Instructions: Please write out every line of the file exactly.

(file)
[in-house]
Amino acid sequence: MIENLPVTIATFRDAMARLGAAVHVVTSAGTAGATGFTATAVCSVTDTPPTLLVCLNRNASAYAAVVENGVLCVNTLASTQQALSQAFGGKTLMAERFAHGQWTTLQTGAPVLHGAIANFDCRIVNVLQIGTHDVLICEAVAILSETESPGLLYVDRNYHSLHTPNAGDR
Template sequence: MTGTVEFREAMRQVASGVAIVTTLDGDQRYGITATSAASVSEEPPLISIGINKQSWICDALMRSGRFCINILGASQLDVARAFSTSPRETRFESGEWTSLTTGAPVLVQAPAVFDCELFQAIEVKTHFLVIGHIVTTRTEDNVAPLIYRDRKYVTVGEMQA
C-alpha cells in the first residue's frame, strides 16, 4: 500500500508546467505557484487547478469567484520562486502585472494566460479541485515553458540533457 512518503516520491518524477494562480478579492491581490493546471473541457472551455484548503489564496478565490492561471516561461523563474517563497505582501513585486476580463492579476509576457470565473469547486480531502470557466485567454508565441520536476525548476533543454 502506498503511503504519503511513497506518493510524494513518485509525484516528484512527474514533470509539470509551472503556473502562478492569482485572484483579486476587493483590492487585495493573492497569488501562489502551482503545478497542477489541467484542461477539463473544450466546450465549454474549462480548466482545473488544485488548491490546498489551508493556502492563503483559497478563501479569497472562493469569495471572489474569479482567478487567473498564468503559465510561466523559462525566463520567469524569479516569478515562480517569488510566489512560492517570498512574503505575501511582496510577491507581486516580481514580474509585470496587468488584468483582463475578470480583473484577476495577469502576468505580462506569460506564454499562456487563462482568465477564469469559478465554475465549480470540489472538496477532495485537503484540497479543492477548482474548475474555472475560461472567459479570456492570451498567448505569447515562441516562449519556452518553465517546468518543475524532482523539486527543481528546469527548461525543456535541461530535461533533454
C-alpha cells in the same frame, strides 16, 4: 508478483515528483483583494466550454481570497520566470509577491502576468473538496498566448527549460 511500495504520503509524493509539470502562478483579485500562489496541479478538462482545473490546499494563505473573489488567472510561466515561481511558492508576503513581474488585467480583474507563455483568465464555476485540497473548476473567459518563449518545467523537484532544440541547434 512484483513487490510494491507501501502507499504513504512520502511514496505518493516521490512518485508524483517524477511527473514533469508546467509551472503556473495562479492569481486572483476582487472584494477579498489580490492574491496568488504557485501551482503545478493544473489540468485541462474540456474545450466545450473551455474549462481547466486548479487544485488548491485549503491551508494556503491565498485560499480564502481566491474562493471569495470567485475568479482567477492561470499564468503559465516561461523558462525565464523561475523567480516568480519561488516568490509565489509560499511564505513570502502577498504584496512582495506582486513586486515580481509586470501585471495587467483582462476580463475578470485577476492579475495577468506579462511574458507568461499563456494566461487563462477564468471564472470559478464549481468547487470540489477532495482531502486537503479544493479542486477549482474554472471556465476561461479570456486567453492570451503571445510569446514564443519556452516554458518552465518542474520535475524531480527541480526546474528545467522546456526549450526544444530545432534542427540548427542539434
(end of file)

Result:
[in-house]
Amino acid sequence: MIENLPVTIATFRDAMARLGAAVHVVTSAGTAGATGFTATAVCSVTDTPPTLLVCLNRNASAYAAVVENGVLCVNTLASTQQALSQAFGGKTLMAERFAHGQWTTLQTGAPVLHGAIANFDCRIVNVLQIGTHDVLICEAVAILSETESPGLLYVDRNYHSLHTPNAGDR
Template sequence: MTGTVEFREAMRQVASGVAIVTTLDGDQRYGITATSAASVSEEPPLISIGINKQSWICDALMRSGRFCINILGASQLDVARAFSTSPRETRFESGEWTSLTTGAPVLVQAPAVFDCELFQAIEVKTHFLVIGHIVTTRTEDNVAPLIYRDRKYVTVGEMQA
C-alpha cells in the first residue's frame, strides 16, 4: 500500500508546467505557484487547478469567484520562486502585472494566460479541485515553458540533457 512518503516520491518524477494562480478579492491581490493546471473541457472551455484548503489564496478565490492561471516561461523563474517563497505582501513585486476580463492579476509576457470565473469547486480531502470557466485567454508565441520536476525548476533543454 502506498503511503504519503511513497506518493510524494513518485509525484516528484512527474514533470509539470509551472503556473502562478492569482485572484483579486476587493483590492487585495493573492497569488501562489502551482503545478497542477489541467484542461477539463473544450466546450465549454474549462480548466482545473488544485488548491490546498489551508493556502492563503483559497478563501479569497472562493469569495471572489474569479482567478487567473498564468503559465510561466523559462525566463520567469524569479516569478515562480517569488510566489512560492517570498512574503505575501511582496510577491507581486516580481514580474509585470496587468488584468483582463475578470480583473484577476495577469502576468505580462506569460506564454499562456487563462482568465477564469469559478465554475465549480470540489472538496477532495485537503484540497479543492477548482474548475474555472475560461472567459479570456492570451498567448505569447515562441516562449519556452518553465517546468518543475524532482523539486527543481528546469527548461525543456535541461530535461533533454
C-alpha cells in the same frame, strides 16, 4: 508478483515528483483583494466550454481570497520566470509577491502576468473538496498566448527549460 511500495504520503509524493509539470502562478483579485500562489496541479478538462482545473490546499494563505473573489488567472510561466515561481511558492508576503513581474488585467480583474507563455483568465464555476485540497473548476473567459518563449518545467523537484532544440541547434 512484483513487490510494491507501501502507499504513504512520502511514496505518493516521490512518485508524483517524477511527473514533469508546467509551472503556473495562479492569481486572483476582487472584494477579498489580490492574491496568488504557485501551482503545478493544473489540468485541462474540456474545450466545450473551455474549462481547466486548479487544485488548491485549503491551508494556503491565498485560499480564502481566491474562493471569495470567485475568479482567477492561470499564468503559465516561461523558462525565464523561475523567480516568480519561488516568490509565489509560499511564505513570502502577498504584496512582495506582486513586486515580481509586470501585471495587467483582462476580463475578470485577476492579475495577468506579462511574458507568461499563456494566461487563462477564468471564472470559478464549481468547487470540489477532495482531502486537503479544493479542486477549482474554472471556465476561461479570456486567453492570451503571445510569446514564443519556452516554458518552465518542474520535475524531480527541480526546474528545467522546456526549450526544444530545432534542427540548427542539434